(6)

We again use the conjugate gradient method to solve (6) using fast Fourier transforms since is block-Toeplitz. Once is found, the nullspace projection is simply .

Figure 1: STOI values at 2 intended listeners and one additional location using MCCS and nullspace approach in (a) anechoic and (b) reverberant setting. (c)-(d) Heat maps with STOI values at 4200 locations in a simulated room of size m. Speakers illustrated as S1-S6.

4 Conditions for perfect reconstruction

In this section, we present the conditions needed to ensure perfect reconstruction of any set of message signals of length at the listeners (or any ) for both approaches.

4.1 Multi-channel convolutional synthesis by noise

From (4), perfect reconstruction can be achieved if the overall channel matrix has full row rank, .

We make an assumption that the room and the loudspeaker and listener positions are generated at random from so that the resulting distribution of the nullspace of is absolutely continuous with respect to the Haar measure on the Grassmanian. Then we have the following result.

Proposition 4.1.

Suppose . Then

has full row rank with probability one.

Proof.

We have that by rank inequalities. With the conditions of the proposition, this implies that . The only way to have a strict inequality is that the nullspace of intersects the range of along a subspace of dimension greater that . On the other hand, because the nullspace of is continuously distributed and independent from , it will intersect the range of exactly along a subspace of dimension with probability one. ∎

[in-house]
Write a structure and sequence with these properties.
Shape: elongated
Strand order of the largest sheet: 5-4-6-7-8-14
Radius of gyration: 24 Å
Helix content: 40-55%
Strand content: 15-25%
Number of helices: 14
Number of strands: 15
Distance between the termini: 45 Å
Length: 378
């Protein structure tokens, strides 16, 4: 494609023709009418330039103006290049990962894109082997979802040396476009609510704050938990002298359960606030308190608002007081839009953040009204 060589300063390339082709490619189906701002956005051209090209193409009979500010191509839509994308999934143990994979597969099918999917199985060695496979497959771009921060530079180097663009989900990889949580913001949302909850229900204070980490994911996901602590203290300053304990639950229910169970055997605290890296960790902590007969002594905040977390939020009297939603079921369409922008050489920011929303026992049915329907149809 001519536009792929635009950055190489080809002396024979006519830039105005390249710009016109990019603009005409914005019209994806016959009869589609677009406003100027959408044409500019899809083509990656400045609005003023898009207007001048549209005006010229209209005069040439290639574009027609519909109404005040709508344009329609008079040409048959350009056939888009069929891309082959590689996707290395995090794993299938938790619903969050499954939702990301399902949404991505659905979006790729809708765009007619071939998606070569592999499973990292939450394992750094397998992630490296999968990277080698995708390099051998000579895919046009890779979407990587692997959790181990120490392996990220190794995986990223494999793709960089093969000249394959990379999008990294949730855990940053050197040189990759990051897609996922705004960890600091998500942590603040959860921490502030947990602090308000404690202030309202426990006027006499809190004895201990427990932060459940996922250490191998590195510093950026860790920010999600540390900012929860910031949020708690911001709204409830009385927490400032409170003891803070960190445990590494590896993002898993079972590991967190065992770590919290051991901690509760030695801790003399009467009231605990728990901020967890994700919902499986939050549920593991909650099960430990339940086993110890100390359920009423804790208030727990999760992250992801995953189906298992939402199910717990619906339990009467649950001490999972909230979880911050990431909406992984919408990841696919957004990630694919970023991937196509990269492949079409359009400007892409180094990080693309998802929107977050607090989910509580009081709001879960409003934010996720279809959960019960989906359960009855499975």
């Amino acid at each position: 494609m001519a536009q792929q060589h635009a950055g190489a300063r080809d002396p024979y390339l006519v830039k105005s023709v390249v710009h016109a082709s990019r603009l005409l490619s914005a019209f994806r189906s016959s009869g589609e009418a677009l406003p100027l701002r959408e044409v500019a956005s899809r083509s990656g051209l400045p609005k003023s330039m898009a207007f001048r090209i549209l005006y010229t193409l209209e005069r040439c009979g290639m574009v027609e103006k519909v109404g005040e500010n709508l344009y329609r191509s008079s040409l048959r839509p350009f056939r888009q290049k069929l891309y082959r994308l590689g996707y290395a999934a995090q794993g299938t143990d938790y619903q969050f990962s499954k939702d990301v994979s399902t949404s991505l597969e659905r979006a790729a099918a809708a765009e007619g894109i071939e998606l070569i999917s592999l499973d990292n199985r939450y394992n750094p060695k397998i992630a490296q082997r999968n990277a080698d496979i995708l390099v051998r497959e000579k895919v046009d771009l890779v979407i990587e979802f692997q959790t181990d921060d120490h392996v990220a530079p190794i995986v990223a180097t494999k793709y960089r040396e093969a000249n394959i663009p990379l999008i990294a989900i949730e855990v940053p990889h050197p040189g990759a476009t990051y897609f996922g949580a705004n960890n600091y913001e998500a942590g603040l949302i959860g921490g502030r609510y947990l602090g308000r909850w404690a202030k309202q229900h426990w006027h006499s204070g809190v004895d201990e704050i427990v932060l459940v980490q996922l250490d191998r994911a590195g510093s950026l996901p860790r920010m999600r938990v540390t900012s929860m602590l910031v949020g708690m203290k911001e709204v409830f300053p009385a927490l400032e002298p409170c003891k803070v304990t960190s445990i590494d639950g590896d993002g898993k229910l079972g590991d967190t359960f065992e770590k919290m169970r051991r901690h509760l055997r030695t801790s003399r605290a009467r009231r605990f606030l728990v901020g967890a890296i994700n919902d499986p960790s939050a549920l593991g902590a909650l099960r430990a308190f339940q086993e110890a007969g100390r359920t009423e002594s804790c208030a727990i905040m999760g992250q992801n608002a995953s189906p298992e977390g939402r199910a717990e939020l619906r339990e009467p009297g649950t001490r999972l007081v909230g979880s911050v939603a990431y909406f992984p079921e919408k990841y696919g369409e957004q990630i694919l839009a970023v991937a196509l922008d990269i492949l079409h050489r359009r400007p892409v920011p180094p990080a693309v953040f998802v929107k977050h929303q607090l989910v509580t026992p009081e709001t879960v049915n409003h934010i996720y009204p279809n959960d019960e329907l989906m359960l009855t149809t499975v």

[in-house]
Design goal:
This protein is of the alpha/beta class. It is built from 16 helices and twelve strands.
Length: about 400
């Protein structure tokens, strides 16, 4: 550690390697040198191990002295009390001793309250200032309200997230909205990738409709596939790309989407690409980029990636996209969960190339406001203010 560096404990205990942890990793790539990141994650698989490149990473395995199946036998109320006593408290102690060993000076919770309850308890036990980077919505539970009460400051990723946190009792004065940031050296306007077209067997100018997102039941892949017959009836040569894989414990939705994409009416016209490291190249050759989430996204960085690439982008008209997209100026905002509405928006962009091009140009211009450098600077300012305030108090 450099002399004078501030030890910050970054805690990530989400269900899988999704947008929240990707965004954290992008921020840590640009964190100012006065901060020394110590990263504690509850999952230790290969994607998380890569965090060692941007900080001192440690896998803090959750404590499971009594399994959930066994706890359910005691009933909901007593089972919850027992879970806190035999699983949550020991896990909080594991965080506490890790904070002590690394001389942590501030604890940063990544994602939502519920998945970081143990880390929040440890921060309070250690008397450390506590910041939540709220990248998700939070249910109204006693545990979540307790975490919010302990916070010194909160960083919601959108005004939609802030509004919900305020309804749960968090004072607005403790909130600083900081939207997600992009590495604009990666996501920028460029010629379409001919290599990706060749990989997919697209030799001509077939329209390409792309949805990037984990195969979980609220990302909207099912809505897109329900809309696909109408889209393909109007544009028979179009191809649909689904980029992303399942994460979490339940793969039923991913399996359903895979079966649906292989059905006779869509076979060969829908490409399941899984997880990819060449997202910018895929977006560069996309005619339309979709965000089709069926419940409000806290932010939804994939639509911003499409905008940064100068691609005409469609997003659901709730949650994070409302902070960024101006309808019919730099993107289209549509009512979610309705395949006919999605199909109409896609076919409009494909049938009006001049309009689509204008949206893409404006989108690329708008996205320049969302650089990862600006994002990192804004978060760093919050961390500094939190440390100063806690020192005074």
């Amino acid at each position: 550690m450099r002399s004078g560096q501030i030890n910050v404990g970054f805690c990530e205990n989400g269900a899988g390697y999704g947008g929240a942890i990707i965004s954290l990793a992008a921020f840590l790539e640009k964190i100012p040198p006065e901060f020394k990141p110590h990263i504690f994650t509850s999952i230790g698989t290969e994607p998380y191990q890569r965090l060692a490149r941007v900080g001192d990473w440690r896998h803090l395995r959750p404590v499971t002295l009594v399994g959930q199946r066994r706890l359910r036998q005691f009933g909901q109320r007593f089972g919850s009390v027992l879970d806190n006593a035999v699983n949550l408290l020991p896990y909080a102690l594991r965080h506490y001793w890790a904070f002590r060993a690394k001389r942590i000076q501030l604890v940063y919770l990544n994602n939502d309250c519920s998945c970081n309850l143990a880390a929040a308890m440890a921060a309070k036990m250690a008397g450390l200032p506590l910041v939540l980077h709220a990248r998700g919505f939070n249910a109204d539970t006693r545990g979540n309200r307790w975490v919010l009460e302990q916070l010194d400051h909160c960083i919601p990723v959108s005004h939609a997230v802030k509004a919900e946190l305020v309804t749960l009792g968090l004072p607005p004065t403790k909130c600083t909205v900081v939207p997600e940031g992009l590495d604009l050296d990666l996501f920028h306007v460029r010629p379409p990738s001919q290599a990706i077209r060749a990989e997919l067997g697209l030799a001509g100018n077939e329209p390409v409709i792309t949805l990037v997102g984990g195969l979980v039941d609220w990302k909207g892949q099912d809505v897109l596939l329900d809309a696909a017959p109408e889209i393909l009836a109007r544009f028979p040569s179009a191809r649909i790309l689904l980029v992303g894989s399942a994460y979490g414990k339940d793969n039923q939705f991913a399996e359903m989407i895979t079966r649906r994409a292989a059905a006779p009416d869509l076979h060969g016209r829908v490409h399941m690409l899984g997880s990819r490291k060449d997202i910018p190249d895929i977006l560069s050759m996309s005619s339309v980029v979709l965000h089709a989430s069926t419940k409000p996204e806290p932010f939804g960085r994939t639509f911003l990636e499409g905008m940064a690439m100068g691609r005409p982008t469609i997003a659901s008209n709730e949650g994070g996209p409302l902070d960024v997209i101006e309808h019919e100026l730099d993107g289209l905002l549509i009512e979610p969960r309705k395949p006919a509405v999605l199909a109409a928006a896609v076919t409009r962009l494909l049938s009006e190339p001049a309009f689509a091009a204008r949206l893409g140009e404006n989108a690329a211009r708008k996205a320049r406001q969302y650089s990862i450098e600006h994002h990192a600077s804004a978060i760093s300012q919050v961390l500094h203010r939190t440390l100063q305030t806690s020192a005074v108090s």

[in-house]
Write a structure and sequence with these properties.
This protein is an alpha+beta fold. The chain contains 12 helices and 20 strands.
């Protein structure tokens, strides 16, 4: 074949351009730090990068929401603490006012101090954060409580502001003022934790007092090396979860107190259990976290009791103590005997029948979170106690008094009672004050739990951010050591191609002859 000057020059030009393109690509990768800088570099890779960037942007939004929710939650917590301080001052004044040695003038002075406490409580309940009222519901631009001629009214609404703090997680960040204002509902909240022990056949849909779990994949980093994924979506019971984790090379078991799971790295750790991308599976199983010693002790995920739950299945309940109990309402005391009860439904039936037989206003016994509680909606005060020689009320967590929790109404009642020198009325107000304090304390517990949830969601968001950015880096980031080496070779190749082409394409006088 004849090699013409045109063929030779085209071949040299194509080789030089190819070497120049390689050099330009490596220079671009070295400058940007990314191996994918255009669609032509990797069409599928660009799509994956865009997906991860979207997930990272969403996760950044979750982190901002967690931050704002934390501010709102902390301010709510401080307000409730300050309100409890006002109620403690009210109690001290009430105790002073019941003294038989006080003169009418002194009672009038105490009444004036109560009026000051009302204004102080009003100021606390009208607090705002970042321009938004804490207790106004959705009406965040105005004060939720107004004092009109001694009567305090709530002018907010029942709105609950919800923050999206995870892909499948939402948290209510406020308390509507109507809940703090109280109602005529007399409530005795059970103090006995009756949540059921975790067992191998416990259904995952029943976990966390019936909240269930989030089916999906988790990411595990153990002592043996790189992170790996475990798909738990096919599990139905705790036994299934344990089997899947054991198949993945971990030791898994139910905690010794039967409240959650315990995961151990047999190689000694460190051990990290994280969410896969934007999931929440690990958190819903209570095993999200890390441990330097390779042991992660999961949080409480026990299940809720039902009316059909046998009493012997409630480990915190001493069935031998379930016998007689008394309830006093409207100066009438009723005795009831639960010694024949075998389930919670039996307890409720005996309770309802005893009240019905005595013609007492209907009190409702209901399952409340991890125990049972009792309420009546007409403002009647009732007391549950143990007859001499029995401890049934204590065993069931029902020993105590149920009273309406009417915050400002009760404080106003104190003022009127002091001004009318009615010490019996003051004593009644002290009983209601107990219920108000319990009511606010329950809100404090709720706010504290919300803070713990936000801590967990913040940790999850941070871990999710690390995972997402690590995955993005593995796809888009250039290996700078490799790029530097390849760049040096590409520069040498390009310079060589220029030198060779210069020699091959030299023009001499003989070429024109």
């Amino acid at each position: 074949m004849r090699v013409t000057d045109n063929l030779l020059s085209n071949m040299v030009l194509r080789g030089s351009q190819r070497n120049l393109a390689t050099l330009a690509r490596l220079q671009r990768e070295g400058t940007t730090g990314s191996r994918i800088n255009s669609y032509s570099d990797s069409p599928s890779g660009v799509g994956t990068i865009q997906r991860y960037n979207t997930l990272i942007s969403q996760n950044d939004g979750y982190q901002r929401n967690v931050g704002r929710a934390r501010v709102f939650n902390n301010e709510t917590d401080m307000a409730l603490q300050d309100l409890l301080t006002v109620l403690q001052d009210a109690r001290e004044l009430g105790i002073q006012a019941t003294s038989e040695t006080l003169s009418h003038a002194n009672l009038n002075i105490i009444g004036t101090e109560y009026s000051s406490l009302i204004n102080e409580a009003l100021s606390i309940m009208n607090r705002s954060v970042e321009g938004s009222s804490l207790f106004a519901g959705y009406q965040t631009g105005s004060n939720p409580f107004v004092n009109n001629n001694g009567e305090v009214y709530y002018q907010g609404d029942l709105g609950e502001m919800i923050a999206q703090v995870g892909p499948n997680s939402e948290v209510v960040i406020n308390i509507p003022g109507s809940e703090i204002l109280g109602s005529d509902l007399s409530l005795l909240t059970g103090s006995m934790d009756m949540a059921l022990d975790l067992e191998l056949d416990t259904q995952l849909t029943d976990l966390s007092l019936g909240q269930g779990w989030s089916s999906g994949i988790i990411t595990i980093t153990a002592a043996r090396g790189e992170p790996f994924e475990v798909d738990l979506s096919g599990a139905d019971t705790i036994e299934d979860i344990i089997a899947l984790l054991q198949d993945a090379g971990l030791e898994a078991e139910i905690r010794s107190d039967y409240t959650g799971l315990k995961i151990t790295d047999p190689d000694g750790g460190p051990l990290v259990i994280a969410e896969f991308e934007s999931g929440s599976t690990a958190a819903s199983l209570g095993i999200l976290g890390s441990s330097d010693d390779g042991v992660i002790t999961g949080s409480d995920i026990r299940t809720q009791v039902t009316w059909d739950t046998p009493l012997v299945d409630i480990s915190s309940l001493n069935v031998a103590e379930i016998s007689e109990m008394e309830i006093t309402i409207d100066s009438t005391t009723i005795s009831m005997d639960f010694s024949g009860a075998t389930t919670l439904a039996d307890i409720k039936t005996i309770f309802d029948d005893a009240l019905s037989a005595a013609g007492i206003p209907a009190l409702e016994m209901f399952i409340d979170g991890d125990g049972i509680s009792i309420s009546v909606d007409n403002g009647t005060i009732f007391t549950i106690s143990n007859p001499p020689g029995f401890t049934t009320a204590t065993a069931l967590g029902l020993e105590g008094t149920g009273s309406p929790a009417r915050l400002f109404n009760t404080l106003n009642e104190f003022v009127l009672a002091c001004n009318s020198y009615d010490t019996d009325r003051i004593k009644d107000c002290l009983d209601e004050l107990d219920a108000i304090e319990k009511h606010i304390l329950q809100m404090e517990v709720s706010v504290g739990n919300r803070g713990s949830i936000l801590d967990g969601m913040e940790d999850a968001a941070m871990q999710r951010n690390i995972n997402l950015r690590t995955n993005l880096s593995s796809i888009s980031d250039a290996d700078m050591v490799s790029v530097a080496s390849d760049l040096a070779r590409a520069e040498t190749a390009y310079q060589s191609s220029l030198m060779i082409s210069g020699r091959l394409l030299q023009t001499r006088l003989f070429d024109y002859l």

This result implies that for most setups in sufficiently reverberant rooms, we will be able to produce the desired messages at the listener positions.

4.2 Noise in nullspace approach

From (5), needs to have full row rank for perfect reconstruction of all . Similarly to the previous case, since is a function of the RIRs between the speaker-listener pairs, it is not completely in the user’s control to ensure that it has full rank as it depends on room geometry and the spatial diversity of RIRs. In practice, if we assume a randomized setup and room as in the previous section, can be expected to have full row rank with probability one.

Proposition 4.2.

The following conditions are necessary for to have full row rank.

  1. The number of rows of should be at least as large as the length of .

  2. There should be at least as many columns as rows in .

  3. needs to be greater than the highest relative time delay among each listener-speaker pair.

Proof.